Division of Applied Undergraduate Studies
The Historical Imagination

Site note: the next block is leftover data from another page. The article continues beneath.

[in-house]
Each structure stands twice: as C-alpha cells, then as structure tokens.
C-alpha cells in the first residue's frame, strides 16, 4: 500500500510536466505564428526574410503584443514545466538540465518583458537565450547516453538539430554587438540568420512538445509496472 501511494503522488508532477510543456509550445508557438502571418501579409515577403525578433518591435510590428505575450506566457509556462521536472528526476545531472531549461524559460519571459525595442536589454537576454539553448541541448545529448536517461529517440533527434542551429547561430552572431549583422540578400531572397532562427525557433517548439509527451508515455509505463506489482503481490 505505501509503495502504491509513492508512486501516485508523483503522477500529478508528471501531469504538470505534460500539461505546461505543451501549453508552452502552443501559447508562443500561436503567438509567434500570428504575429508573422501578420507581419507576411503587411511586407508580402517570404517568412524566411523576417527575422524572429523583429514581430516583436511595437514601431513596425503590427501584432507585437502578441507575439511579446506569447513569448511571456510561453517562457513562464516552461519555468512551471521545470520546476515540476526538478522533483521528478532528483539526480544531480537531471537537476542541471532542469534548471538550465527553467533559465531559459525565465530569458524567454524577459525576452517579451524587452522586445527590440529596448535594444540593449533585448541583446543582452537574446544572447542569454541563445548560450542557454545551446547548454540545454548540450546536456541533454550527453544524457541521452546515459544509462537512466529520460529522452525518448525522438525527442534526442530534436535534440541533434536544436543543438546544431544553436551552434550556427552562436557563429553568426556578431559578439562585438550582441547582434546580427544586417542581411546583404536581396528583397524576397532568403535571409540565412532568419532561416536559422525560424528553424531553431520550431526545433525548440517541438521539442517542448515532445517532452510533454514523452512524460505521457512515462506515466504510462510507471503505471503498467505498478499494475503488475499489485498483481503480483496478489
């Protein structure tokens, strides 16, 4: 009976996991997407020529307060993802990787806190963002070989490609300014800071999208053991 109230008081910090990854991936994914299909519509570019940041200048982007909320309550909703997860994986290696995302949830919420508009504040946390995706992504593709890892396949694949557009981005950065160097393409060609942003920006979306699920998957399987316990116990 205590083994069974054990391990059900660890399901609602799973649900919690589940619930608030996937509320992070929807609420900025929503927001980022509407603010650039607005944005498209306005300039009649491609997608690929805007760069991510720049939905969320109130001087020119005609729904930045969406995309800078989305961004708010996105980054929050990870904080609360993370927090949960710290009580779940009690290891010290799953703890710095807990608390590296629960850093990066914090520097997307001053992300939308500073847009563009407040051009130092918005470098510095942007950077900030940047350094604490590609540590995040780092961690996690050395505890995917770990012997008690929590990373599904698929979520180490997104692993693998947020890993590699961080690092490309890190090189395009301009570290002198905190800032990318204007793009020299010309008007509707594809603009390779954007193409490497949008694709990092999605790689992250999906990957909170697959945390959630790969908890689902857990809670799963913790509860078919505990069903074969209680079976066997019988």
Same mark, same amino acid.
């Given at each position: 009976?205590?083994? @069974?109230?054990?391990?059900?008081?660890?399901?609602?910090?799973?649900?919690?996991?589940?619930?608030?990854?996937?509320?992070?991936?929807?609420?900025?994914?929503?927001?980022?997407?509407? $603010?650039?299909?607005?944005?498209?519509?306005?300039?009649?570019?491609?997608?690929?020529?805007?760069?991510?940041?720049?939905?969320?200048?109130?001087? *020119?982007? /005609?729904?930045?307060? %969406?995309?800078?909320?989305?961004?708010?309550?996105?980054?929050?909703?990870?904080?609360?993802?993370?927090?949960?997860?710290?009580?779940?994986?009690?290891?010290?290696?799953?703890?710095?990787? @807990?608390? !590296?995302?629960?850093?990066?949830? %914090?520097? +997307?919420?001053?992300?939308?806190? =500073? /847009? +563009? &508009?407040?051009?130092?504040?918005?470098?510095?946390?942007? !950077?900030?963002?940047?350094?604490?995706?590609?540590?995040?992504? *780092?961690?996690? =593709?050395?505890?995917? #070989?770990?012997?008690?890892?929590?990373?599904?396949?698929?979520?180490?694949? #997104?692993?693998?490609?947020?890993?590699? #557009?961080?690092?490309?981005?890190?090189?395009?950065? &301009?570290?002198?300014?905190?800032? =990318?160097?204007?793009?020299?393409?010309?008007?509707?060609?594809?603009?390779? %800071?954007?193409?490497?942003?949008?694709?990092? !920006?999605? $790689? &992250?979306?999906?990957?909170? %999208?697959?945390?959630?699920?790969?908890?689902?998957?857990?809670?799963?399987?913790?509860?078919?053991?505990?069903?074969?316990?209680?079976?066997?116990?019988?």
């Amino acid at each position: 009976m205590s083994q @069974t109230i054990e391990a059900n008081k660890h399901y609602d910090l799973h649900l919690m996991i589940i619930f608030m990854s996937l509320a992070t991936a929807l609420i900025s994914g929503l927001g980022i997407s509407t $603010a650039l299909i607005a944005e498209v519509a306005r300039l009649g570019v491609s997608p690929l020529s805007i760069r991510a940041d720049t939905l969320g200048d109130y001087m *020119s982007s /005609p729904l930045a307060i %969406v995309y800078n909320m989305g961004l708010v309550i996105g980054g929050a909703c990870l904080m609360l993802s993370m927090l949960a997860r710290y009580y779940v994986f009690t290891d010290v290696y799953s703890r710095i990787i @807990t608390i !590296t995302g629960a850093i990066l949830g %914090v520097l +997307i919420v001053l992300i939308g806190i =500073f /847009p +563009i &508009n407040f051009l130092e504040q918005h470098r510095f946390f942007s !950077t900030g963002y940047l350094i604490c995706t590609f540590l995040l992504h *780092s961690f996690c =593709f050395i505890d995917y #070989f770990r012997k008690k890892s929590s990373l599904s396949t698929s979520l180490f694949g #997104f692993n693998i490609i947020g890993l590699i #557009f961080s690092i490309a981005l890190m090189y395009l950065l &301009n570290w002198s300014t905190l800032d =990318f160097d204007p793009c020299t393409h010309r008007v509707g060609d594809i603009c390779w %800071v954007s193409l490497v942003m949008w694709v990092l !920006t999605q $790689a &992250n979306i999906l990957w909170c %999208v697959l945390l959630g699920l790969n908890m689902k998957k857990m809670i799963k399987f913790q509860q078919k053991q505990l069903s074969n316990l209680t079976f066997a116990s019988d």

This course introduces students to the key issues and debates in the making of history today. A central focus is on how ideas about the past are constructed, used and disseminated, in other words, how the past is made into 'history'. By looking at the varied ways in which people encounter the past - from scholarly works to museum exhibits and films - this course analyzes how both professional historians and the public shape our ideas about history. Key questions addressed in the course include: Do we view the past as a 'foreign country?' with little relation to ourselves? Or do we view it as a 'living present,' a source of contemporary ideas and identities? What are the techniques and strategies that historians and others use to interpret evidence and narrate the past? Why have some narratives proved so enduring? This question raises the problem of social memory, hence we will also explore what, how, and why societies choose to remember and forget about the past.